Landscape image of Perth

Perth is the sunniest capital city in Australia with a long-term average of 8.8 hours of sunshine per day. But all those sunny days comes at a cost to Perth’s rainfall average. Due to climate change, Perth’s average annual rainfall has reduced around 20% since the 1970s.

It’s not just the total volume of rain that’s changed, it’s the way that rain falls that’s had an impact. Our rainy season starts later so we now have more sunny winter days. Plus, the stop-start nature of rainfall means catchments don’t receive consistent runoff. These changes translate to 80% less streamflow (rainfall runoff) into our dams.

Climate change has dramatically affected the sources of water for our largest drinking water scheme. The Integrated Water Supply Scheme can't rely on rainfall as it did in the 1970s and now includes desalinated seawater and groundwater replenishment.

Facts & figures

Before 1975, Perth’s dams received an average of 420 billion litres of streamflow each year, enough to supply today's two million Perth people. 

In comparison, between 2010-2018, Perth’s dams received an average of 72.5 billion litres of streamflow per year. Further evidence of climate change is the increased annual number of days in Perth over 35 ℃. 

In 2015, Perth’s dams received the lowest level of streamflow since records began in 1911 – with 15.8 billion litres of water. To put that into perspective, it’s only enough water to supply Perth for around 14 hot summer days.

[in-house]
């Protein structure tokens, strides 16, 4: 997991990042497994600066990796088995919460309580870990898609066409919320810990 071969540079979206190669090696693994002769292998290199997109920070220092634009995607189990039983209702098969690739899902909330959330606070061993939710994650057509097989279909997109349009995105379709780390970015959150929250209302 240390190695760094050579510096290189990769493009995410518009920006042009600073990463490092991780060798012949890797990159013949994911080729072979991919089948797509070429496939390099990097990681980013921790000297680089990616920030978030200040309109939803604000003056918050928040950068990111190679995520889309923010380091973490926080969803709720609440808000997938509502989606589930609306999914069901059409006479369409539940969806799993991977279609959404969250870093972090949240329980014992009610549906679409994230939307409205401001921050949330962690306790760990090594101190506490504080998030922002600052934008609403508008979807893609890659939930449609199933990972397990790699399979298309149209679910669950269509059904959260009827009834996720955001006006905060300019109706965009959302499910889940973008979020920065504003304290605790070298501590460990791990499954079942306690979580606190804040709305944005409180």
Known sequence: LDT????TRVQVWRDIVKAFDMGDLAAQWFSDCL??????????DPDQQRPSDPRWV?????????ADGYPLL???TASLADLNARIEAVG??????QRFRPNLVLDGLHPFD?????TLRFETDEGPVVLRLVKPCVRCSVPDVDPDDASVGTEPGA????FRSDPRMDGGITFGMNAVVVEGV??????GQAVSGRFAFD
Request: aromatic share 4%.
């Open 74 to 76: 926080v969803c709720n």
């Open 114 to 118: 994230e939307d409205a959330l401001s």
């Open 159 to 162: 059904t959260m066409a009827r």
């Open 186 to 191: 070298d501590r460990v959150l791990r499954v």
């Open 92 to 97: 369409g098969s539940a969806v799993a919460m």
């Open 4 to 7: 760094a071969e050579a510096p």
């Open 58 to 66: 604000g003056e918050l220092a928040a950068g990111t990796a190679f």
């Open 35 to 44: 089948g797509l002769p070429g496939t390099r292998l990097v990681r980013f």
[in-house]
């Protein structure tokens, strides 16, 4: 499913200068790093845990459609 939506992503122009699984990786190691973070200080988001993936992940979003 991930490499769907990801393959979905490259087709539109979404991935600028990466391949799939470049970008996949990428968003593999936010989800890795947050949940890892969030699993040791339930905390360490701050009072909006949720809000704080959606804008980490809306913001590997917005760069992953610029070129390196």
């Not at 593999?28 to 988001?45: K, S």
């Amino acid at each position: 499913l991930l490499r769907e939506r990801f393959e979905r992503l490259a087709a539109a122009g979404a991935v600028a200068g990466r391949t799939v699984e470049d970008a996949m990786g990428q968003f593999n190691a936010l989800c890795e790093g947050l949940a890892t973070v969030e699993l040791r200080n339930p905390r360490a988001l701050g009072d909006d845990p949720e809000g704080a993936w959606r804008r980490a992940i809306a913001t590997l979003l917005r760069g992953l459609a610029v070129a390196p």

We’ve been responding to the changes to secure Perth's future water supplies by working towards our long-term targets outlined in Water Forever 50 Year Plan. This plan adopts a three-pronged approach, which includes:

  • Working with the community to reduce water use to help defer the need for investment in further new climate resilient sources
  • Developing new water sources where necessary 
  • Increasing the amount of water recycled

Water for the Integrated Water Supply Scheme is now comprised of a combination of sources, including desalinated seawater, groundwater, groundwater replenishment and rainfall runoff into dams.

Did you know?

Australia’s first full scale Groundwater Replenishment Scheme is located at Craigie, in Perth’s northern suburbs. It started recharging recycled water to Perth’s deep aquifers in 2017. It has the capacity to recycle up to 28 billion litres a year, with half of this water recharging the Leederville and Yarragadee aquifers onsite and the remaining volume of water being transferred to recharge bores drilled in Wanneroo and Neerabup.

We can all help

We can all take action to fight climate change and reduce our water use. Find out what you can do to save water starting today.